This has led to an accelerated conversion to digital processes and communications. But just because there has been a quickened rate of digital acceptance does not mean that companies have moved the dial-in digital maturity within their communications.
As lockdowns are easing and people continue to engage far more digitally than before, organisations need to assess how transformed they really
are when it comes to communicating with customers. The most effective way to do so is with a digital maturity framework.
Knowing the difference
Before delving into the importance of a digital maturity framework, it's important to understand how significant the difference between digital conversion and digital maturity is. Digital conversion is about moving processes and people onto digital channels. It includes getting customers to adopt digital communication.
Digital maturity, on the other hand, takes into account what the business is capable of producing and the quality of that communication. Simply sending an email campaign or a text notification is not
a sign of digital communication maturity.
While the first may be a matter of survival for some organisations, the latter offers a long-term competitive edge.
The benefits of digital maturity
There are several markers of a digitally mature company. These include:
- constantly evolving communication to meet customer needs
- taking an analytical and data-based approach, and
- delivering a great customer experience.
Organisations that get to this point experience plentiful benefits. Companies that have an analytical, data-based approach are in a great position to enhance customer experience.
This is because they have customer information on hand that can enable hyper-personalisation which, in turn, drives more meaningful interactions and engaging customer communications.
With customers prepared to pay more for better service and experience-driven businesses seeing almost two times higher year-on-year growth in customer retention, repeat purchase rates and customer lifetime value than other businesses, that also translates into higher revenues.
Digitally mature companies are additionally better placed to make use of emerging technologies such as artificial intelligence (AI) to further improve the customer experience in communication.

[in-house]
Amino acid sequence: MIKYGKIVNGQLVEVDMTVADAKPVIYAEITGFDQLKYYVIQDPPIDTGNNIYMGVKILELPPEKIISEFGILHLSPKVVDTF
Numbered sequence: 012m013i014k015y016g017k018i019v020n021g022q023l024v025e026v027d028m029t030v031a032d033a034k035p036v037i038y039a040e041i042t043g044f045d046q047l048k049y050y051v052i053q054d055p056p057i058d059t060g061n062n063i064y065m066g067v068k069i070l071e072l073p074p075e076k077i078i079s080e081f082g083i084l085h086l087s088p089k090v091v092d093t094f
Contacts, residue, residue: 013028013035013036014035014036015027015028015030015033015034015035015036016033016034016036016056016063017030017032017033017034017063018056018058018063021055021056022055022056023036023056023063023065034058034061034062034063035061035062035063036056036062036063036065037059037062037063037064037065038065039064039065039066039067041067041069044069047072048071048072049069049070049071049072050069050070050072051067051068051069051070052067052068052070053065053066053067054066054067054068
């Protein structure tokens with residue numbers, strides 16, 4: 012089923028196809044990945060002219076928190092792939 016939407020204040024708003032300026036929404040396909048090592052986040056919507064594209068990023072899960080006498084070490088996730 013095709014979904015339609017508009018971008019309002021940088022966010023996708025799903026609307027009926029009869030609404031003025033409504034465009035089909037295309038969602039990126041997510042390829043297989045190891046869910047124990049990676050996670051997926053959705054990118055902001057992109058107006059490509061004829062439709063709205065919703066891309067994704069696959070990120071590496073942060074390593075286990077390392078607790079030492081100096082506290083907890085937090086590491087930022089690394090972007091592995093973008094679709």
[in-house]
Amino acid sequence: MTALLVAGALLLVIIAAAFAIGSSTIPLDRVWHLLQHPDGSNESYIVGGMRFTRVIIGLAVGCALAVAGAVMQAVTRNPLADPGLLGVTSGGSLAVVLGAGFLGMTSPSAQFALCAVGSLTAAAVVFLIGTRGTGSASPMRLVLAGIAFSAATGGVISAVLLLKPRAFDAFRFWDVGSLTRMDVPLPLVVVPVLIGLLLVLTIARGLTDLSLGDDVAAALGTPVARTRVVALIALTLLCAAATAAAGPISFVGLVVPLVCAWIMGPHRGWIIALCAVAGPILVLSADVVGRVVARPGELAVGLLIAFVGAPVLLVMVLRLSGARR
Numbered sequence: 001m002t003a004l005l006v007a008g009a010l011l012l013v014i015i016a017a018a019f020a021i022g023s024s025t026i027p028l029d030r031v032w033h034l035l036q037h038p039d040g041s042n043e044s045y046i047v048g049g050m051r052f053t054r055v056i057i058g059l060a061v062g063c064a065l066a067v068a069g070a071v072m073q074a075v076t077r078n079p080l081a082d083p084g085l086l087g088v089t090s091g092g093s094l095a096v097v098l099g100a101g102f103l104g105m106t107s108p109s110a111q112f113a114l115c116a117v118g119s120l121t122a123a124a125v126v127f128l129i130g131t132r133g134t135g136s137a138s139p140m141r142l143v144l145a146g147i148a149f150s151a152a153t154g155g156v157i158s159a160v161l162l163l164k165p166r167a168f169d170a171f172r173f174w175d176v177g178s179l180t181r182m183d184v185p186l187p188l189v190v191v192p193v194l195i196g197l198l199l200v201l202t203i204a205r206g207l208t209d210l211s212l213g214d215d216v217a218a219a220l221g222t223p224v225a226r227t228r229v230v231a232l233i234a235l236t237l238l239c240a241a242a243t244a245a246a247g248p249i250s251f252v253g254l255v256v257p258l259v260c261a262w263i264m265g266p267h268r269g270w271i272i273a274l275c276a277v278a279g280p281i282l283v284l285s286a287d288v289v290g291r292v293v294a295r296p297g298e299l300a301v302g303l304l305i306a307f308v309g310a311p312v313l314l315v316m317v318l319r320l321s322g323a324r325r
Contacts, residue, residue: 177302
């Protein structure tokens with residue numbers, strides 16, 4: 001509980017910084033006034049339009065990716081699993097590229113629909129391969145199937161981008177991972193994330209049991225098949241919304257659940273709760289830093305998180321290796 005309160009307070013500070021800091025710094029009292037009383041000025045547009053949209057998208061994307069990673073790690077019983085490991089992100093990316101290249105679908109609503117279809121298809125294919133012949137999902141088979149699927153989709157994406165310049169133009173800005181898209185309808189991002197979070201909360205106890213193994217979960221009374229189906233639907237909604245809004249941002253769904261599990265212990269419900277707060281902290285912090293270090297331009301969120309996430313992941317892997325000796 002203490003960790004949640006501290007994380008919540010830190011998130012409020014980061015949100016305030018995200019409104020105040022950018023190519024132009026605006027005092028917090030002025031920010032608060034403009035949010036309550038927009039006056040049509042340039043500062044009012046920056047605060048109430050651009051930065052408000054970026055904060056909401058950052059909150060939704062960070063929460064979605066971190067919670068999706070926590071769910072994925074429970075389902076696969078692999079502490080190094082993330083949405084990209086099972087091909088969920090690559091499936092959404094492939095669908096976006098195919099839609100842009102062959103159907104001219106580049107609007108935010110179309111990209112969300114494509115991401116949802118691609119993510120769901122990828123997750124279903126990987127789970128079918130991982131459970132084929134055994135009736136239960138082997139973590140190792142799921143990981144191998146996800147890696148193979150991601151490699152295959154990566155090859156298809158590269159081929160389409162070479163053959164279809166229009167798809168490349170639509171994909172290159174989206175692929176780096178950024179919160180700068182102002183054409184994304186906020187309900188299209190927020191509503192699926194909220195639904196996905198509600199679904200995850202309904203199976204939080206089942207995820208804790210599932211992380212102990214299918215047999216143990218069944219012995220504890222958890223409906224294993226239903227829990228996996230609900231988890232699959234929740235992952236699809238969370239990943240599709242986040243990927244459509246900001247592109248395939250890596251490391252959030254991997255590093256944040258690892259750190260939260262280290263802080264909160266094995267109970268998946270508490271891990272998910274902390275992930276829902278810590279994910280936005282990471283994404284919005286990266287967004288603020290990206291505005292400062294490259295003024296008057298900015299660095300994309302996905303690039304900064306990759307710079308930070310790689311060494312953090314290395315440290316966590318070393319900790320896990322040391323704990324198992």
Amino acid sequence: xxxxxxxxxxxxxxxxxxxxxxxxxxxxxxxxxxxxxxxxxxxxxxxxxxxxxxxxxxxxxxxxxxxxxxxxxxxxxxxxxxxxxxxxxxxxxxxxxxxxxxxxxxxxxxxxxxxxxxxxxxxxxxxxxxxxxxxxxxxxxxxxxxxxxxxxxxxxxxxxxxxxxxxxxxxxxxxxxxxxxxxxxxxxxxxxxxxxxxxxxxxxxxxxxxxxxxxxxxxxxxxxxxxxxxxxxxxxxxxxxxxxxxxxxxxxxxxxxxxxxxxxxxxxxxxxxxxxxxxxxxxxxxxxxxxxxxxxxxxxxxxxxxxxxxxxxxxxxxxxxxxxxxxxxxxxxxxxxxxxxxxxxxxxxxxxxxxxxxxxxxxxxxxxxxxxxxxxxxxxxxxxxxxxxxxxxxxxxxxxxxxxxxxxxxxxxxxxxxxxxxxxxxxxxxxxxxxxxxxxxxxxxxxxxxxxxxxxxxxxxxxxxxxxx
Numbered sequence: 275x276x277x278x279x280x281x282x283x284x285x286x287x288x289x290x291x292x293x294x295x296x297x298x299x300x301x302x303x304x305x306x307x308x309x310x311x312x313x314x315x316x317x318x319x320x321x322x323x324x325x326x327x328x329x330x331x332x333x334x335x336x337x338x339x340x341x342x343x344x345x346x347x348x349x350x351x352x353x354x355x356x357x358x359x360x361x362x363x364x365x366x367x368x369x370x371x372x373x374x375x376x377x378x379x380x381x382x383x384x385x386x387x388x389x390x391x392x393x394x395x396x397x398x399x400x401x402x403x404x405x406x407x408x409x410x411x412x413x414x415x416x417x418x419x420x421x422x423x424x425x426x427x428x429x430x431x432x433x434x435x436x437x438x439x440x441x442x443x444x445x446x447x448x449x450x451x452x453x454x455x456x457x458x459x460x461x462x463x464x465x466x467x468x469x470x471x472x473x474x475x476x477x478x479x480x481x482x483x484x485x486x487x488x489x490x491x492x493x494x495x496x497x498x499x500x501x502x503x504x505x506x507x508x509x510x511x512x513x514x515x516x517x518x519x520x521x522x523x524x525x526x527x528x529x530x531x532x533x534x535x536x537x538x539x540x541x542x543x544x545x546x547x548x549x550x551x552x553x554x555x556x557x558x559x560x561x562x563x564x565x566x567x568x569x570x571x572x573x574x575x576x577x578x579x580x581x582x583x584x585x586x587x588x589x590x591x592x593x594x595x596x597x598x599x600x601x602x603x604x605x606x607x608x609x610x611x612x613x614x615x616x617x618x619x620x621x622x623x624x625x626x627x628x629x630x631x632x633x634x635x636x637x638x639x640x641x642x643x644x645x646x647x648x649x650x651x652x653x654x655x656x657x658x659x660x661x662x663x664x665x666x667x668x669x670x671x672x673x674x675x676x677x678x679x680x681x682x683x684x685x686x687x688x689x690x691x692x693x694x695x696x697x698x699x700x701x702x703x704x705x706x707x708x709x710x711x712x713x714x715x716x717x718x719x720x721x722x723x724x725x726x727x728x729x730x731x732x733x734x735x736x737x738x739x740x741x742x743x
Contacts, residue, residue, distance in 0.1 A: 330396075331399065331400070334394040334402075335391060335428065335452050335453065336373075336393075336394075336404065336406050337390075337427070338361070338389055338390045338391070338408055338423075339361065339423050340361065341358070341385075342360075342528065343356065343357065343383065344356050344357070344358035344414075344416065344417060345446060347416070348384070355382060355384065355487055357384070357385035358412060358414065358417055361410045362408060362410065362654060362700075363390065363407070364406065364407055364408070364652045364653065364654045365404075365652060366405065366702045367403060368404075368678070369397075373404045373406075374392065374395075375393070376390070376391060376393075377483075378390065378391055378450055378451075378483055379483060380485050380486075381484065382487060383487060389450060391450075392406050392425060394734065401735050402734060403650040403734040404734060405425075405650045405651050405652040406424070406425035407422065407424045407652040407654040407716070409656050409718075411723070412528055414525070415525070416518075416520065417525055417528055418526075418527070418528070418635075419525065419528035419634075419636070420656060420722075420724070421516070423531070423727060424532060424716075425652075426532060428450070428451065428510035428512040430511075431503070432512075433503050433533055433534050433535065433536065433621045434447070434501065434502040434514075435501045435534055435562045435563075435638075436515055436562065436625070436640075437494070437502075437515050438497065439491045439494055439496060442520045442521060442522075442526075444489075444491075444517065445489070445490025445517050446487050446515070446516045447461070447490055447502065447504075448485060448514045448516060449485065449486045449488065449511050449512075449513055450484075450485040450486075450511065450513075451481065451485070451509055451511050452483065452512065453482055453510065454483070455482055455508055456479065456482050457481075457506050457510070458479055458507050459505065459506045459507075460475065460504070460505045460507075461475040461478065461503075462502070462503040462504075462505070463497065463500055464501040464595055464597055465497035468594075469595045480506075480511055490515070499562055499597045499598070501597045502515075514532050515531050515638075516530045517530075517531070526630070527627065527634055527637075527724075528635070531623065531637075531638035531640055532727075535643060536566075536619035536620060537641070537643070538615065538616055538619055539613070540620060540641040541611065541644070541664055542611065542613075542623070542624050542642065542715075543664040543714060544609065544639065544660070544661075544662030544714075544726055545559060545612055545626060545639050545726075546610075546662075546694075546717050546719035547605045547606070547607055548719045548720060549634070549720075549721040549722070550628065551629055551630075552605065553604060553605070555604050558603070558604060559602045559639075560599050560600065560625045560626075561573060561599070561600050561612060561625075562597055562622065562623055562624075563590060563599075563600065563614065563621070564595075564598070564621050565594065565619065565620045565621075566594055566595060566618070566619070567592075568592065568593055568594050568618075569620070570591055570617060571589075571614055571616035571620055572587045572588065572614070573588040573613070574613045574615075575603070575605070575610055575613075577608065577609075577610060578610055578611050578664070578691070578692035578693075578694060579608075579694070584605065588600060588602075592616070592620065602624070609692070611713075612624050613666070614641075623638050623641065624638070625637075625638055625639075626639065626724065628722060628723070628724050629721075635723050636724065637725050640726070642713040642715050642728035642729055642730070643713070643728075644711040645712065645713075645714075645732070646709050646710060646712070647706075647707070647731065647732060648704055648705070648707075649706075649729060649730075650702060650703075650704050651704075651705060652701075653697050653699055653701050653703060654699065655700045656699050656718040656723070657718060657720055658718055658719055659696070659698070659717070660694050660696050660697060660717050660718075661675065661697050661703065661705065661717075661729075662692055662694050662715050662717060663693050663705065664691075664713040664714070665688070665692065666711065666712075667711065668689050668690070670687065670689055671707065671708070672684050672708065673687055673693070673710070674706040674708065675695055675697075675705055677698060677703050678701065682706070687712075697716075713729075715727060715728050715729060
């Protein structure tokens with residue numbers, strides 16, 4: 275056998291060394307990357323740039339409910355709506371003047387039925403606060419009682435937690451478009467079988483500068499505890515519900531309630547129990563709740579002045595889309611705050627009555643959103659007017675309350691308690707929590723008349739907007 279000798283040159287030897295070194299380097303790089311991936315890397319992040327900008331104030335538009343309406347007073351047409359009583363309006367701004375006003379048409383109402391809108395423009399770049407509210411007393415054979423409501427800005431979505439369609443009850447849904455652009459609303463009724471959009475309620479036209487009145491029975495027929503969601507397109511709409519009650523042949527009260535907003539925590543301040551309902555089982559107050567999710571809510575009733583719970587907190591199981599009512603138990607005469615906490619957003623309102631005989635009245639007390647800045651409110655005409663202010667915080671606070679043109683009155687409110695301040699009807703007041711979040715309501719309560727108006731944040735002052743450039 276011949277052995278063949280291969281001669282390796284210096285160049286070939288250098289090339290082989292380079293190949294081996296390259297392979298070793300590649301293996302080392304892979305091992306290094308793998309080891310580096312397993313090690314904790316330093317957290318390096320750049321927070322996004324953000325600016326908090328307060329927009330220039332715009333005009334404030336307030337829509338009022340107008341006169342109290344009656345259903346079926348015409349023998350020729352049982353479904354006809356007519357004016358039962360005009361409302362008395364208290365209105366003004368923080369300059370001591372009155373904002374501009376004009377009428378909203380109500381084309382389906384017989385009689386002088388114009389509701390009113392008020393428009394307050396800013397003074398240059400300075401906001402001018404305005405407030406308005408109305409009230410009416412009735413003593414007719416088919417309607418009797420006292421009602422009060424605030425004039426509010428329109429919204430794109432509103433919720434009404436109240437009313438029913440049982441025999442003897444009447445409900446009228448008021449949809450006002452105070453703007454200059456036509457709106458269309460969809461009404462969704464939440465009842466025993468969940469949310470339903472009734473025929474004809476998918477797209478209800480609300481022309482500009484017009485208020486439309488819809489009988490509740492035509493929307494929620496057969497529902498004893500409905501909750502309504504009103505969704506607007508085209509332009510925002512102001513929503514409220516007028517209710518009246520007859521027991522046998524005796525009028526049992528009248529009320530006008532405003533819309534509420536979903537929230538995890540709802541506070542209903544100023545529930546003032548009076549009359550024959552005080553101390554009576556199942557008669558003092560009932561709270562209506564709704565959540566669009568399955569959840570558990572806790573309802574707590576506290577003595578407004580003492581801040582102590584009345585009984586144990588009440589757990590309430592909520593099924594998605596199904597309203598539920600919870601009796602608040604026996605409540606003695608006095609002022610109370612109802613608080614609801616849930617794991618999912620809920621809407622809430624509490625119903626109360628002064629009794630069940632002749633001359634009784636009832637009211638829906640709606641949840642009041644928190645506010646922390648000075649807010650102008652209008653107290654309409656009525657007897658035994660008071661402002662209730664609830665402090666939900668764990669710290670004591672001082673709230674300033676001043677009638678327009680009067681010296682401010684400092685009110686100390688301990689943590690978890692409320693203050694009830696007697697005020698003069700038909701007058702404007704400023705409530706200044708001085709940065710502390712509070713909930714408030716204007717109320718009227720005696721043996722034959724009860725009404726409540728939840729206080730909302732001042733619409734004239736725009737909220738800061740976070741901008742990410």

AI can analyse the data on hand in order to decide the next message that is best suited to each customer. Delivering the right message to the right person, at the right time, improves the customer experience, and due to relevance and timeliness, is most likely to result in the response the business wants: a subscription, an upsell or a new sale.
Know where you stand
While all this digital technology is available to help organisations improve their customer communications and ultimately deliver a great CX, it is essential to ensure that these efforts are not negated by inconsistency, as this will fracture the customer's communication experience and negatively impact your organisation's journey towards full digital communication maturity.
This can happen all too easily when an organisation does not have a measure and monitor its digital maturity in customer communication. Enter the digital maturity framework.
Typically, a framework will have defined levels of maturity to which the organisation aspires. The right framework enables organisations to customise the maturity elements to fit their sector and to pinpoint the elements, which provide a useful comparison to competitors. That's as true for digital customer communication as it is for any other aspect of the business.
Furthermore, it allows businesses to understand where they are in relation to the big picture of where they want to be, identify gaps and quick wins, track their progress, and consistently realign their priorities.
For the organisations that understand this, moving processes over to digital platforms won't just be something they were forced to do by a global pandemic, but a competitive advantage that gives them long term gains.
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